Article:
9. On a recent visit to Toronto I had for the first time Italian bread and it was the best bread I have ever tasted. I would love the recipe for this bread or does it use ingredients only obtained commercially? Any information on this would be very gratefully received. Thanks norm
  10. Do you always torch Italian meringue or can you use it much like a 7-minute frosting? I made some great cupcakes this past weekend, vanilla filled with PH's lemon cream and chocolate filled with one of PH's ganaches, and I topped them with Italian meringue which turned out to be a good compliment to both. I torched them all because I thought, "that's just what you do". When I do them again it would be nice to have them look different so I'd like to leave the chocolate ones not torched. Will they hold up as well?
  11. Hello All, We will shortly be visiting Germany and Italy and of course will be looking for interesting bottles to add to our bar. We'd love to hear any recommendations for things we can't get in America. (Maybe we'll have to get a bottle of the Cocchi Americano now that our government is holding that up.) We hear the Ziegler eaux-de-vie are really good--if anyone has a specific rec from their line that'd be great. Thanks in advance for your suggestions!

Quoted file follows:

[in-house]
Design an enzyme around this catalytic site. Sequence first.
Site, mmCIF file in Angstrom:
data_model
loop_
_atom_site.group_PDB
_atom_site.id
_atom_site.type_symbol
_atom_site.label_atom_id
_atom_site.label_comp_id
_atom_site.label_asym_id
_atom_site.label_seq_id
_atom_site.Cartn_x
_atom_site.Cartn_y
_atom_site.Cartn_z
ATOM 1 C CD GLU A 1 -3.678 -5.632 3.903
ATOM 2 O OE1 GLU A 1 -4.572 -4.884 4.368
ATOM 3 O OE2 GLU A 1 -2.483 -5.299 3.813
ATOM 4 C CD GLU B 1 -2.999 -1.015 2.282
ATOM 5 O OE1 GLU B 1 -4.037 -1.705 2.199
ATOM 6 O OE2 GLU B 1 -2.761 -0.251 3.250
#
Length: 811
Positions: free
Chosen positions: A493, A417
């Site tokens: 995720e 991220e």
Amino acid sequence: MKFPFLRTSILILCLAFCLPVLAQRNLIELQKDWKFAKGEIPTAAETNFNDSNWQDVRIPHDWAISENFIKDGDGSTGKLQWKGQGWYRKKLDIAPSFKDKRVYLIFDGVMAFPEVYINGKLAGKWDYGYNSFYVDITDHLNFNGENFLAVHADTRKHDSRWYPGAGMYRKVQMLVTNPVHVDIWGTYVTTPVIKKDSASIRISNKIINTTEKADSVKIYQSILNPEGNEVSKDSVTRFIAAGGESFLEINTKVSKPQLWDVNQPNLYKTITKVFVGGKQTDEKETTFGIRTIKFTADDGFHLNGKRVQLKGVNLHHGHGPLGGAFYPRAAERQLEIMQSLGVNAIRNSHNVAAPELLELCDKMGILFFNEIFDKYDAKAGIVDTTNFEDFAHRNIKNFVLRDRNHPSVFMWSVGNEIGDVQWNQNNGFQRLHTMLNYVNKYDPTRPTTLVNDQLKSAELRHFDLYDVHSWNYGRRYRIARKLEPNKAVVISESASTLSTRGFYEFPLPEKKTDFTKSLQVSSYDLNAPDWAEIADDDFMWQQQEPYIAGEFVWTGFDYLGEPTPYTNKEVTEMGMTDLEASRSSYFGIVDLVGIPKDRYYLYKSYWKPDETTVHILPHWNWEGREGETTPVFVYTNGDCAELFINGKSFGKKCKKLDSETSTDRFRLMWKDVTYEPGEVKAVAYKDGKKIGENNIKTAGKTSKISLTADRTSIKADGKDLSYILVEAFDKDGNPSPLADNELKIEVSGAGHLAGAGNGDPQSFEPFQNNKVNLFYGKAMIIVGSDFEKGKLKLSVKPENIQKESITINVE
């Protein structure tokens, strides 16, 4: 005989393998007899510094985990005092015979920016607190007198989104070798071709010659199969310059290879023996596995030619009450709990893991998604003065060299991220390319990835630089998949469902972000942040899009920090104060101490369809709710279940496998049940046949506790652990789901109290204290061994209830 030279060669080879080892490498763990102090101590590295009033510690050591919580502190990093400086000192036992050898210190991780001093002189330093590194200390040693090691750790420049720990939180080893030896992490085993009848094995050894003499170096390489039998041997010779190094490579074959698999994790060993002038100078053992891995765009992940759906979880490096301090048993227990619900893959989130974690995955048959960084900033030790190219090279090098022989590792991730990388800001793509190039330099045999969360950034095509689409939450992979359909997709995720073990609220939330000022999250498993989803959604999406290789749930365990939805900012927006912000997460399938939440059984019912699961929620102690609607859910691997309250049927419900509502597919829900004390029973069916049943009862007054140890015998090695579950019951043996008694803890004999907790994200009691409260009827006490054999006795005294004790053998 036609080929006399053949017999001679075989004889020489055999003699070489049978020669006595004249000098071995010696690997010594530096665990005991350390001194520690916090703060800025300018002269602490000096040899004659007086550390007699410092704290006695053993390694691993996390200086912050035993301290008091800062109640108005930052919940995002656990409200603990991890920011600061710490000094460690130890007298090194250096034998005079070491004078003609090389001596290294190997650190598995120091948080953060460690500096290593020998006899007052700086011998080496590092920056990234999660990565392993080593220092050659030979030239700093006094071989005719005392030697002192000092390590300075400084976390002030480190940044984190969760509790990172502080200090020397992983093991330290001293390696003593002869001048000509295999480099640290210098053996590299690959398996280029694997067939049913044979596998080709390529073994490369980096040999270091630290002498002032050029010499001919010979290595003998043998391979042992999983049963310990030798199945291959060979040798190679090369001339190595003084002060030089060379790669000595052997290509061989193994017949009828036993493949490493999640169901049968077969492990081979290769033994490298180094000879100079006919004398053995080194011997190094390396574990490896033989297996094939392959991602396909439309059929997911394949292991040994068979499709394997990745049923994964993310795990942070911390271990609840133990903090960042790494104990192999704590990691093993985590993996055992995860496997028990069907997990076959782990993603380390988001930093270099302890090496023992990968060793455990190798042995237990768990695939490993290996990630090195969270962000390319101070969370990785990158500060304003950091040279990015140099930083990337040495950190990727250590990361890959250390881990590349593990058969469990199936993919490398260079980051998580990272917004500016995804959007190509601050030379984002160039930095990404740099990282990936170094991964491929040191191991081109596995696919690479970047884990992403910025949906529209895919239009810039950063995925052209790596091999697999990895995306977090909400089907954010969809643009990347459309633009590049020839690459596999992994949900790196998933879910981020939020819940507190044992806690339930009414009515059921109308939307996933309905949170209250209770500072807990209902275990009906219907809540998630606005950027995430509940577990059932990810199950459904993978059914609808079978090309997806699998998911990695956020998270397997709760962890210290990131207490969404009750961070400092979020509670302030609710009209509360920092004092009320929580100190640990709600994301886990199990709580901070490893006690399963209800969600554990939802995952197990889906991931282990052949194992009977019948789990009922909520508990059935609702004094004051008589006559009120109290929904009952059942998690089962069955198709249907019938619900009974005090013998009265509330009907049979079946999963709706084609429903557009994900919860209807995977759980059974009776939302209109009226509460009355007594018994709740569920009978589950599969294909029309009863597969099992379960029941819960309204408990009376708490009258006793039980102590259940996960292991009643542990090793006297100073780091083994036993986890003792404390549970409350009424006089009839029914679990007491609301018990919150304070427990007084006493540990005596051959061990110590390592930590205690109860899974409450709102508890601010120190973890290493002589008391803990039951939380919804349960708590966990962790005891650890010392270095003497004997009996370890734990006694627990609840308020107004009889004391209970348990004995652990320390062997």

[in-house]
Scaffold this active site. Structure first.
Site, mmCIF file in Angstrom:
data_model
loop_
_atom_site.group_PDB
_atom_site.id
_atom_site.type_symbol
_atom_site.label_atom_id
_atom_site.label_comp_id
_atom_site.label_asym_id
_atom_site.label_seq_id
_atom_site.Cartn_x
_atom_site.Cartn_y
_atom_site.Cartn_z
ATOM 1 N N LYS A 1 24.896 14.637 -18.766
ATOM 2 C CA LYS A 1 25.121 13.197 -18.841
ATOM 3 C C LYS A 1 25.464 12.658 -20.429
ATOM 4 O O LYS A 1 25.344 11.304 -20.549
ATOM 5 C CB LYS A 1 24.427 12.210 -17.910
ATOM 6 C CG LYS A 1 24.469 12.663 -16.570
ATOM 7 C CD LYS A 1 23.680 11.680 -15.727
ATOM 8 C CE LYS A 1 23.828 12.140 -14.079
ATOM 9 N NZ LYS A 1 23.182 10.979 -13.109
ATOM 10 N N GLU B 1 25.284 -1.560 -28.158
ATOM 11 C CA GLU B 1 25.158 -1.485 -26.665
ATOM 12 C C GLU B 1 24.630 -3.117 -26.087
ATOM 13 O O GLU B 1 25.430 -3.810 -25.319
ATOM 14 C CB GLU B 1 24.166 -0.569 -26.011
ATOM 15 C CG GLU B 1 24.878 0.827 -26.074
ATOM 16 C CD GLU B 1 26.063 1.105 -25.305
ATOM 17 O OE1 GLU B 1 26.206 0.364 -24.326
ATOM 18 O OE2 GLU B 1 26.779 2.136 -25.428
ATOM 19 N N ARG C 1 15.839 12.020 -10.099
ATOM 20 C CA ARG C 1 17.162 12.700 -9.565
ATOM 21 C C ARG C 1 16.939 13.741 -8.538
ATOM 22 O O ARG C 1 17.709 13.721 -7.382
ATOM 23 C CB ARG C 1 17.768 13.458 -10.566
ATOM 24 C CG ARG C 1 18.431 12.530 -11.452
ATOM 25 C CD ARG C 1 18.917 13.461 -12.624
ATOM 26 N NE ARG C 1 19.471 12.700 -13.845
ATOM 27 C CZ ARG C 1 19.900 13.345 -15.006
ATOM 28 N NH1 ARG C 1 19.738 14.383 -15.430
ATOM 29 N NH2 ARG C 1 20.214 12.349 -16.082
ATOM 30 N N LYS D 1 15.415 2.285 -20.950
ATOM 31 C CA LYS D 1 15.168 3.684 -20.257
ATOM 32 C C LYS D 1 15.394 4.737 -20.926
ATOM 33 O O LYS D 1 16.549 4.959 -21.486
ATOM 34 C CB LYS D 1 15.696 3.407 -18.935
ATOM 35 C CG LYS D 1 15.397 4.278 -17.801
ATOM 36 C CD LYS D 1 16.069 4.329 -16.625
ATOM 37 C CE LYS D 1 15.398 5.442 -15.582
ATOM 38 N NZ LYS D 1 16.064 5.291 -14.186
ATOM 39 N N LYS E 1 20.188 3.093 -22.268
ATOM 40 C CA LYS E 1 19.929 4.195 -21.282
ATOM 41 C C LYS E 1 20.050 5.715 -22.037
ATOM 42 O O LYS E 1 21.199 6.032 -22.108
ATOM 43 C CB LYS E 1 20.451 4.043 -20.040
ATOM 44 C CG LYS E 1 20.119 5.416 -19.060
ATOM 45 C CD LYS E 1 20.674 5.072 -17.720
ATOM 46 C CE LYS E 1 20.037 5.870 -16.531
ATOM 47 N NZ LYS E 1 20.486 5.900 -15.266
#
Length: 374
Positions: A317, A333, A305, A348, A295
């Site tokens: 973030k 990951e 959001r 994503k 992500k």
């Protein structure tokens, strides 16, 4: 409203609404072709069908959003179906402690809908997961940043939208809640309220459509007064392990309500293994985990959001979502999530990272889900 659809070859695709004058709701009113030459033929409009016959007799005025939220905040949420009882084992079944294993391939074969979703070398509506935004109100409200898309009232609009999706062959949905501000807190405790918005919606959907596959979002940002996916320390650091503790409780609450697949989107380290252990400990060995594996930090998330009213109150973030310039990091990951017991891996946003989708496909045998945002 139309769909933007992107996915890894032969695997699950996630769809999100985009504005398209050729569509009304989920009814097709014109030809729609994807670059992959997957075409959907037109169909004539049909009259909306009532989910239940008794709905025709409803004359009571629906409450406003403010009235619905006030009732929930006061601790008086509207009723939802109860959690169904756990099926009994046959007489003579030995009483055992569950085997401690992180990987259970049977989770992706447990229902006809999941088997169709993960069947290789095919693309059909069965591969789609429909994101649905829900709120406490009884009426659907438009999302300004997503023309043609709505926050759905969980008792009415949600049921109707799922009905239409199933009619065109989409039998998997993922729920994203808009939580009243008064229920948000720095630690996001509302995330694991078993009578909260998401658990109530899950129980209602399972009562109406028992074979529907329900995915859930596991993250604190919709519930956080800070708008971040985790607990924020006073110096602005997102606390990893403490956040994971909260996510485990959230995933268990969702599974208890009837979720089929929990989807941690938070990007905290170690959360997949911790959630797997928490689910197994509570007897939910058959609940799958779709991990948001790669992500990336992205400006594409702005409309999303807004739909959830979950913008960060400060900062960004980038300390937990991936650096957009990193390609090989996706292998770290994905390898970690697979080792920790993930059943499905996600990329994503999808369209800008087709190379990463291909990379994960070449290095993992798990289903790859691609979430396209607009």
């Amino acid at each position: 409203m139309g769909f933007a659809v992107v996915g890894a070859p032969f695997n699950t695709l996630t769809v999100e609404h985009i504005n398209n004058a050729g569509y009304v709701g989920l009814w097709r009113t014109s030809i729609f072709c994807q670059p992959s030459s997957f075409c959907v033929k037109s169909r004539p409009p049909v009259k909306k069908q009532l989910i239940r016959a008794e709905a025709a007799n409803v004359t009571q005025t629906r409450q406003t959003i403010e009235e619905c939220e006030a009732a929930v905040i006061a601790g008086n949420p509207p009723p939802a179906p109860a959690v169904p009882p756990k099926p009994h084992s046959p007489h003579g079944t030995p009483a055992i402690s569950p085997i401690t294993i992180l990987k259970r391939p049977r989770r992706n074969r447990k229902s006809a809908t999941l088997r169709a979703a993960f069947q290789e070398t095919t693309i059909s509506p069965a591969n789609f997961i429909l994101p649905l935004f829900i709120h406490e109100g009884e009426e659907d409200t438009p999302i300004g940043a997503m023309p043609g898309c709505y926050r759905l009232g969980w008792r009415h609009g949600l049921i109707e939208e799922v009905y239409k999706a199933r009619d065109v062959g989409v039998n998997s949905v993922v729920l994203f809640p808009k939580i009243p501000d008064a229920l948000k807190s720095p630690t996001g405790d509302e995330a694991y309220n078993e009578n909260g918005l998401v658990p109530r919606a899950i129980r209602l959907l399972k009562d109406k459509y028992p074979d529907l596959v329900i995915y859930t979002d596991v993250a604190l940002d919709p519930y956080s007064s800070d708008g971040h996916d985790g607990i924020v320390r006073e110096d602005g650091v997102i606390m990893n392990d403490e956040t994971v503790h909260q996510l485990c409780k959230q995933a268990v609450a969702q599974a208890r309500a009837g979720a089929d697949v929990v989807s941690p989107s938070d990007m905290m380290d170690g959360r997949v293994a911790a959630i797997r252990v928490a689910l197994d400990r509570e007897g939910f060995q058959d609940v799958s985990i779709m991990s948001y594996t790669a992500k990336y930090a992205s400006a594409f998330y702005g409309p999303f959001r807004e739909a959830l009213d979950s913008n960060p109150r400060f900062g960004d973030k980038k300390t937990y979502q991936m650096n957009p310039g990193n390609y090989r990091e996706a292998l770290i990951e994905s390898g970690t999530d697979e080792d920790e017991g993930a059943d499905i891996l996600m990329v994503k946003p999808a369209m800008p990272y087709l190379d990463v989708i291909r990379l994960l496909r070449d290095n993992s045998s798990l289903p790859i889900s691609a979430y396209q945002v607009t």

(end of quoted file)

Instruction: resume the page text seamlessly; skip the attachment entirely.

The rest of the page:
12. Would some one in the forum know of any classes(in Europe) ,where the secrets of making traditional panettone are taught. having searched the net,I could not come up with any professional classes . Many thanks in advance for answering this query. This has eluded me for long,and I wish to devote this year learning it from masters